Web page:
Tripawd limb cancer treatments can involve many different strategies, including non-surgical treatments. For the second part of our interview series about treating Tripawd limb cancers, you’ll learn about two kinds of non-surgical limb cancer treatments: bisphosphonates and a “targeted therapy” drug called Palladia.
Your expert today is once again Dr. Bernard Séguin, DVM, MS, Diplomate ACVS, ACVS Founding Fellow – Surgical Oncology and Associate Professor, Surgical Oncology at Colorado State University Flint Animal Cancer Center.
What Can Bisphosphonates Do for Pets with Limb Cancer?
How can a drug treatment originally used to prevent bone loss in people help pets with a limb cancer? Dr. Séguin explains how bisphosphonates can be used in pets who aren’t good candidates for amputation surgery (like Hazel the Great Dane), and sometimes for those who do have a leg removed (including Simon the German Shepherd).
Transcript: What are Bisphosphonates?
Question: Tell us about bisphosphonates.
Dr. Séguin: So bisphosphonates are a family of drugs. There are several members in that family, Fosamax maybe one that people maybe more familiar with because you may see ads for Fosamax. The ones that have been used in vet medicine are mostly Pamidronate and Zoledronate.
I think as a professional, we are shifting more towards Zoledronate. It maybe better although the evidence is lacking in a way. We don’t have very much evidence that Zoledronate is really better than Pamidronate.
Basically bisphosphonates, what they are is a classic drug in the way that they inhibit a type of cell called the osteoclast. And the osteoclast is responsible for destroying the bone. So if we can inhibit that then the bone may get stronger.
There is also some evidence that it may have anticancer properties. But there again, the evidence, I don’t think we’ve ever shown this in a live animal. So basically, we give these drugs with the intent of slowing down and maybe even stopping the destruction of the bone.
It can be used by itself. It can be combined with radiation therapy. Certainly if we’re doing an amputation, there isn’t really a justification for using it. We’ve just removed the tumor, and we are talking about bone tumors.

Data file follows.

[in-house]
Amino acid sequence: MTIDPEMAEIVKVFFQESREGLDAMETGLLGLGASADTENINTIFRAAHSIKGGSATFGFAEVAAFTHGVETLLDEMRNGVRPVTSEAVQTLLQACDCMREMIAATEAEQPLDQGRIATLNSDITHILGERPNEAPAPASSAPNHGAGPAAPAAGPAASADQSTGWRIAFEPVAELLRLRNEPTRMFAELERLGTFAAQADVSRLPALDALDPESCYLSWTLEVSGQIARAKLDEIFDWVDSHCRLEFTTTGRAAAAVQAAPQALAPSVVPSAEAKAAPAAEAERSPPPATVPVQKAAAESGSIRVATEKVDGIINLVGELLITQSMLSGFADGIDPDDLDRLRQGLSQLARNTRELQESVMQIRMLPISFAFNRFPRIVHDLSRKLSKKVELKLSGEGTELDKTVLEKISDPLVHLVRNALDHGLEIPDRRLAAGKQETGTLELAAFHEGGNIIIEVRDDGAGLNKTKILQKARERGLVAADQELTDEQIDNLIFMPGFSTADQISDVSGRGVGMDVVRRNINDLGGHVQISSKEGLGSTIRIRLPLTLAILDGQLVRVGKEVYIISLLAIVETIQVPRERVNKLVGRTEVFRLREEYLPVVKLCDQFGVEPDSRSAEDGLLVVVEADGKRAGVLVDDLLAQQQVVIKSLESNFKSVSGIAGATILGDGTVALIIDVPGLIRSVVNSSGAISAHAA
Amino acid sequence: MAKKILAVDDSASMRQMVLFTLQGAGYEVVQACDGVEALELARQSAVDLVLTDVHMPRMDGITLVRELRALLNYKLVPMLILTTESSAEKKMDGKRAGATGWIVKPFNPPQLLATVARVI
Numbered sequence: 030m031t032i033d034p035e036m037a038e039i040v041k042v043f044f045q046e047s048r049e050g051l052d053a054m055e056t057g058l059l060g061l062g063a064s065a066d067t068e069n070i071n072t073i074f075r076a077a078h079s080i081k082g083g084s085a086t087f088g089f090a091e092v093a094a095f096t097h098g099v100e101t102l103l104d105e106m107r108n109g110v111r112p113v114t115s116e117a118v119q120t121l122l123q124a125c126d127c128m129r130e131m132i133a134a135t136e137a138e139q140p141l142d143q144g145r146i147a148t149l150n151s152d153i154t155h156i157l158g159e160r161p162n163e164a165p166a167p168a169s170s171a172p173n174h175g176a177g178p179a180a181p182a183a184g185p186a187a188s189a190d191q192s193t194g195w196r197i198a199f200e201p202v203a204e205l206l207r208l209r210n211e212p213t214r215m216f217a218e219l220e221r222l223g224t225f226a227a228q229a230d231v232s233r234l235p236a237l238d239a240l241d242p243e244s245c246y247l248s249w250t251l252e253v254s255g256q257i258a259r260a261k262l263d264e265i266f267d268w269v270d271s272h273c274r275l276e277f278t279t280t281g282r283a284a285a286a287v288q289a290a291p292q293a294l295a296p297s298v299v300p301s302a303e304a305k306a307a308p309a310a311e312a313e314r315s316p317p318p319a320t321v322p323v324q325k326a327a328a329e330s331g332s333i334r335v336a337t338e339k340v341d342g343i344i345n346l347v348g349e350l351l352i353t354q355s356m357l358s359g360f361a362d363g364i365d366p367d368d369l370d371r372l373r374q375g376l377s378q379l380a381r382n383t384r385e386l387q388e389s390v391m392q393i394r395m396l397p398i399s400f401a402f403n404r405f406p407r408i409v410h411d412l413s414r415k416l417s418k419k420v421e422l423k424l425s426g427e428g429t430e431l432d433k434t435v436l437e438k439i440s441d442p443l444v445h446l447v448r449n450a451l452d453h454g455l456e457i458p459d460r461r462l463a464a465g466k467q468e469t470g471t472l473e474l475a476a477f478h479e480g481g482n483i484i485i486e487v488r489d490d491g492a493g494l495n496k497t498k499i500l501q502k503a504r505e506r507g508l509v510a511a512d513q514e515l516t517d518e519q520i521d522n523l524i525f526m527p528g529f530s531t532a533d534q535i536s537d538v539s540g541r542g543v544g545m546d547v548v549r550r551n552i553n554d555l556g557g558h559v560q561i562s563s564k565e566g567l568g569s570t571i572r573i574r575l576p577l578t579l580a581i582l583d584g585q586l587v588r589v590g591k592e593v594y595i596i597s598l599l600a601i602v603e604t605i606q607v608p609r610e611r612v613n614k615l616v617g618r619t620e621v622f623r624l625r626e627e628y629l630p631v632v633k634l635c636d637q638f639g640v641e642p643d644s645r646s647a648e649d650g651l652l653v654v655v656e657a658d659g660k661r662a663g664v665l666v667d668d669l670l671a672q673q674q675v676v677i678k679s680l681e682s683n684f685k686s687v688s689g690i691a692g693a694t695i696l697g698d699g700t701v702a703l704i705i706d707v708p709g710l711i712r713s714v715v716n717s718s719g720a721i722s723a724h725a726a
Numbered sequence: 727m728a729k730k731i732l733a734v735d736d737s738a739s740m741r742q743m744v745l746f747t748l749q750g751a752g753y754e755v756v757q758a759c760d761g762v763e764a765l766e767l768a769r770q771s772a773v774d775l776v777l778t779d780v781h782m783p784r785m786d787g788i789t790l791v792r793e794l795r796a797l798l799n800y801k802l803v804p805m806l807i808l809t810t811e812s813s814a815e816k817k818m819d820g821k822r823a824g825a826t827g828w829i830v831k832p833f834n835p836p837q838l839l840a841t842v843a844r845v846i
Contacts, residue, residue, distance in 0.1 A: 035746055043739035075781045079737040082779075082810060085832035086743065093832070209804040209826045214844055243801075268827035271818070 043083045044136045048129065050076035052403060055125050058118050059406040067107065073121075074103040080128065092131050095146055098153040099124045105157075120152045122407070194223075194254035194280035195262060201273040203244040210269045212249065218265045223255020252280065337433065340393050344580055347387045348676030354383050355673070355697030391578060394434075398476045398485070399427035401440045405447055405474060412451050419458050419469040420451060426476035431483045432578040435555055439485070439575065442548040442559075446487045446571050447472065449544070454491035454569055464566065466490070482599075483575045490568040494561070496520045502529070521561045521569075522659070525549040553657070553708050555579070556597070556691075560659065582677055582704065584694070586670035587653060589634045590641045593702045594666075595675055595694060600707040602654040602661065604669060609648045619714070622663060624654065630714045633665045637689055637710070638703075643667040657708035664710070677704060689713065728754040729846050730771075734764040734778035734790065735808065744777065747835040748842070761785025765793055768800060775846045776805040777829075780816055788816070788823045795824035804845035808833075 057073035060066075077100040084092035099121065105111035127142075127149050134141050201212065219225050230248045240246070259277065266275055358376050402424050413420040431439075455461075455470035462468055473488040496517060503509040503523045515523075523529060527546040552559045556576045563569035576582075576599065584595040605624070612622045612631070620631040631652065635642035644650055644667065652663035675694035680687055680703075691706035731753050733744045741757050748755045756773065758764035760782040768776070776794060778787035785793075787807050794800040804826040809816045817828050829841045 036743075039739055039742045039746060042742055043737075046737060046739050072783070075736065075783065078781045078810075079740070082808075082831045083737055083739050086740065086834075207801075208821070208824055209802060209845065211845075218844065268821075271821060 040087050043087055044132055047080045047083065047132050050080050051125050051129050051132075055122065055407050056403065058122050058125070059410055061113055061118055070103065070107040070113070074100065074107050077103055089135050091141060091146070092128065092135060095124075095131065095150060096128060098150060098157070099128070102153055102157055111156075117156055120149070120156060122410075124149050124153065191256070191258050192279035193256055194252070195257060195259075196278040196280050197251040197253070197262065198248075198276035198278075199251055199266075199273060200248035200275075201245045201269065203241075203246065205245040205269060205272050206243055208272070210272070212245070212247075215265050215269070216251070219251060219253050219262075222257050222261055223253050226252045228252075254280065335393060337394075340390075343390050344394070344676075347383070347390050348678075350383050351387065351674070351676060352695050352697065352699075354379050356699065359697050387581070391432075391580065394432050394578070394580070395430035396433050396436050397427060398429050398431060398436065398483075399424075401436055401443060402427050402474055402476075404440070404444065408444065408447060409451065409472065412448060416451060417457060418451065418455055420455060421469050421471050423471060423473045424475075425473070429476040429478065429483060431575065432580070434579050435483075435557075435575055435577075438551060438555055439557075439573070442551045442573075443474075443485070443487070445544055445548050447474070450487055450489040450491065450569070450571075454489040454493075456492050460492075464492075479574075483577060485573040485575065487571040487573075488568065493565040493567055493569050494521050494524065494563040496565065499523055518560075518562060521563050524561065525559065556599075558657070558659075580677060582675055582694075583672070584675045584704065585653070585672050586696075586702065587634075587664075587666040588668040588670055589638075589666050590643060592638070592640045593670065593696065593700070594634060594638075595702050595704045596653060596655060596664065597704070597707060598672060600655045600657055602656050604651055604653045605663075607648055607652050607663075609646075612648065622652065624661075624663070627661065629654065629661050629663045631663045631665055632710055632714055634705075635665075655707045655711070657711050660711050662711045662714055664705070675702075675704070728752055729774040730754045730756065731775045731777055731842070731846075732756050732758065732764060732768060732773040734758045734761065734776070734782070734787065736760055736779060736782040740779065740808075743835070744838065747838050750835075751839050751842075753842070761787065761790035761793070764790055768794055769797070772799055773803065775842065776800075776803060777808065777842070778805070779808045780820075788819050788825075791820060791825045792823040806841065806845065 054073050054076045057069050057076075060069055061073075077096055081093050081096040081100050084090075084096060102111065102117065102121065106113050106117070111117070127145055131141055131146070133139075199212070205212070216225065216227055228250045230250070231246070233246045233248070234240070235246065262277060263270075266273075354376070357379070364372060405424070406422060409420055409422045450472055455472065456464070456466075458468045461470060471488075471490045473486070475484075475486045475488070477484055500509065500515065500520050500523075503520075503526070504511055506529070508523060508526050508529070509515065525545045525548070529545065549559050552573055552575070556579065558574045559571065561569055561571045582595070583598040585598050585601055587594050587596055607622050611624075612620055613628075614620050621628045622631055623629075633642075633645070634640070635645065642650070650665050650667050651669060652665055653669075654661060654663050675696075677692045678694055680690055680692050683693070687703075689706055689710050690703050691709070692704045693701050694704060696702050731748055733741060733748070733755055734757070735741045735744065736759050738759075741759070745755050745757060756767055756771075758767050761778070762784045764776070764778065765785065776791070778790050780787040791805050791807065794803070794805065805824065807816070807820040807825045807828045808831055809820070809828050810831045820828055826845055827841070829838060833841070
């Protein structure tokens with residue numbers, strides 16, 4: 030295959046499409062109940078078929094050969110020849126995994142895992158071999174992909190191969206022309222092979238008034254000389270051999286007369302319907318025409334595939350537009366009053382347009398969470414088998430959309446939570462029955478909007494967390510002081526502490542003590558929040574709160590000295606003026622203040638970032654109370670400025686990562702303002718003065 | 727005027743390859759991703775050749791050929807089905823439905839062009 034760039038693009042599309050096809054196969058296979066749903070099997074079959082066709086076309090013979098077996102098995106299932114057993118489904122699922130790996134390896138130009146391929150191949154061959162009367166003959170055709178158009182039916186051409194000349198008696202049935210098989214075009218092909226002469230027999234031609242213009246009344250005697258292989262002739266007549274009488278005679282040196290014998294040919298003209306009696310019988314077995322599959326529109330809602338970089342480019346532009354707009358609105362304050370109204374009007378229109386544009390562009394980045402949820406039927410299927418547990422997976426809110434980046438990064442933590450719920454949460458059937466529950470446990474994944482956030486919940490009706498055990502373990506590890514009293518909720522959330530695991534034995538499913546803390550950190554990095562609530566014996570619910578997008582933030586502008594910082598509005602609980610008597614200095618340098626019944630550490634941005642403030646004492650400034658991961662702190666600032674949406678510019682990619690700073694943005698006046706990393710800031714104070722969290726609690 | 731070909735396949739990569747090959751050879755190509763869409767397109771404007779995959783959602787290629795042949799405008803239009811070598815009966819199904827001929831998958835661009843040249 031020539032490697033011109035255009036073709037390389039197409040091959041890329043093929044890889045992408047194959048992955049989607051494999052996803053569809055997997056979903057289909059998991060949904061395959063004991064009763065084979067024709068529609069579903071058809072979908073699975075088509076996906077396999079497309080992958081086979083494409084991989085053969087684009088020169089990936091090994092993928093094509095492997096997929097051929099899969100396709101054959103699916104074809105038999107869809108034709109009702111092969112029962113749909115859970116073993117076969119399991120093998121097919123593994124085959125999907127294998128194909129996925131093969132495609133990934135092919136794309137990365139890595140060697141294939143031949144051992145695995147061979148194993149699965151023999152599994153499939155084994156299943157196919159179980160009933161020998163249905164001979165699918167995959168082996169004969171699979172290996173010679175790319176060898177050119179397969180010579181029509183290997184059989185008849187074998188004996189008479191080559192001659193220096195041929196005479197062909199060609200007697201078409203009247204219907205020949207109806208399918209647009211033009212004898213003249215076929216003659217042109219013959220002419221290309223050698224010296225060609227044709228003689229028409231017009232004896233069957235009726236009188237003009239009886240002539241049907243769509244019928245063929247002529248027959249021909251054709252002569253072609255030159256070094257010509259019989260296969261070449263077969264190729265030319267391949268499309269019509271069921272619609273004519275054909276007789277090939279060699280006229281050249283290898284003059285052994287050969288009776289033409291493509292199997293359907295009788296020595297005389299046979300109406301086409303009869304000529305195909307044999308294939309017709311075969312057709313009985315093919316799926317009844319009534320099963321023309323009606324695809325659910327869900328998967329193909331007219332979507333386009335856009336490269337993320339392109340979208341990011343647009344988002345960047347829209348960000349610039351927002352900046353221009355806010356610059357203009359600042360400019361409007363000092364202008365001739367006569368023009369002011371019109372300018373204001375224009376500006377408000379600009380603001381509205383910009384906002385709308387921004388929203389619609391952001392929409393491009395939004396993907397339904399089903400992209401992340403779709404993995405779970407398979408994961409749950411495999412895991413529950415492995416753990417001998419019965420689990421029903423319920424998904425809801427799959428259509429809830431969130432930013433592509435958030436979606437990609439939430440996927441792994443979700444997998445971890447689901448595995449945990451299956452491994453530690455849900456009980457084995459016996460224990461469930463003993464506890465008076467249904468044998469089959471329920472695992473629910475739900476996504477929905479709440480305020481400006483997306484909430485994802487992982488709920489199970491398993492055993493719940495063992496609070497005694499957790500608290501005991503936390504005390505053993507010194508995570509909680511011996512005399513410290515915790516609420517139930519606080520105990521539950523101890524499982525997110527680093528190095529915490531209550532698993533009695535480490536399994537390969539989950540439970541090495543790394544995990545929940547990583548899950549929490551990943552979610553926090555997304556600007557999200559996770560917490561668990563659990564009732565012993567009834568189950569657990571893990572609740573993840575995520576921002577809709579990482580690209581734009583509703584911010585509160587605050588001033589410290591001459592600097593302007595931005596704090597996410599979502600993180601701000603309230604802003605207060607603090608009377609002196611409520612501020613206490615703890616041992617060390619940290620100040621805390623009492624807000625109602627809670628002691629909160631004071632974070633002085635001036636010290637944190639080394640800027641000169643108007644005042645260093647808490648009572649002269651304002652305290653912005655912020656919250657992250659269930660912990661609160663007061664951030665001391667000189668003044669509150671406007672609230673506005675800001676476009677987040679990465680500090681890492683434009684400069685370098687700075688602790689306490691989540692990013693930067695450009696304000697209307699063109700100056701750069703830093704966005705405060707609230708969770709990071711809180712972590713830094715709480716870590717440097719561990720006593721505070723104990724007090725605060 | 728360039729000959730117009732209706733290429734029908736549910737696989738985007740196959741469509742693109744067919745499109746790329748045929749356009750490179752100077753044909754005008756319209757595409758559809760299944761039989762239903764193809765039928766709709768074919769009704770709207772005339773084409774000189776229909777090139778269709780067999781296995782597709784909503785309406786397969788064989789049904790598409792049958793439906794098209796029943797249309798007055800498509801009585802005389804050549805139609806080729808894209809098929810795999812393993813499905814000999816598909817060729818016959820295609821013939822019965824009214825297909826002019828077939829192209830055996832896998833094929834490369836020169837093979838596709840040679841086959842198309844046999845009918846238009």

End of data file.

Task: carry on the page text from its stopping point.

And so, either with radiation or by itself, and there again, when it comes down to the evidence, we don’t have very much evidence that it has – that it works great. But it seems that it can help some dogs and I think it’s worthwhile trying to see if it’s going to work in an individual dog.
And then in terms of combining it with radiation therapy, there are actually conflicting evidences as to in some studies, it helps, in other studies, it actually did not help, or even in one study, made things worse. So we have to be careful. I think that we need to learn more but for a time being, we do recommend it with the caveat that we don’t know how effective it truly is.
[End of transcript]
How Can Palladia Targeted Therapy Fight Pet Cancer?
Transcript: How is Palladia (Toceranib phosphate) Used in Pet Cancer Treatment?
Question: Can you tell me more about Palladia?
Dr. Séguin: Palladia is what we call targeted therapy. The scientific name is what we call tyrosine kinase inhibitors so it goes to a very, very specific receptor in the cell. And by doing so, it can actually kill the cell. And I guess you could say more tumor cells expressed that receptor or maybe the tumor cell is more sensitive to that drug. What we hope to do is to be more targeted in our approach to killing the tumor cells and try to spare the normal cells.
It’s not without side effects, but the idea is that you may be better able to spare the normal cells and really go after the tumor cells that can express the receptor and maybe even sometimes have mutation in that receptor.
Palladia goes to that receptor and then once it binds there, it can lead to the death of the cell. So that’s the idea behind Palladia.
Question: And who is the ideal candidate for Palladia and when?
Dr. Séguin: For now, Palladia has been studied the most in dogs with muscle tumors. And so I would say that’s probably the cancer where it’s being used the most. But it has also been looked in other types of cancer, one of which being osteosarcoma and I would say thyroid tumors and there’s a number of other tumors.
And the reality is that sometimes we come to a point where we’ve exhausted what we think might work and then we say, “Let’s try Palladia.” So sometimes there’s not necessarily good evidence that it’s going to work but we are at a point where we say, “Let’s give it a try and see what happens.”
Question: And how is Palladia administered?
Dr. Séguin: Palladia is an oral medication.
[End of transcript]
Stay tuned for next week’s third and final Tripawd limb cancer treatments video series with Dr. Séguin.
Many thanks to the rock star oncology team at the Flint Animal Cancer Center at Colorado State University for generously allowing us to visit and share this information with the Tripawds community.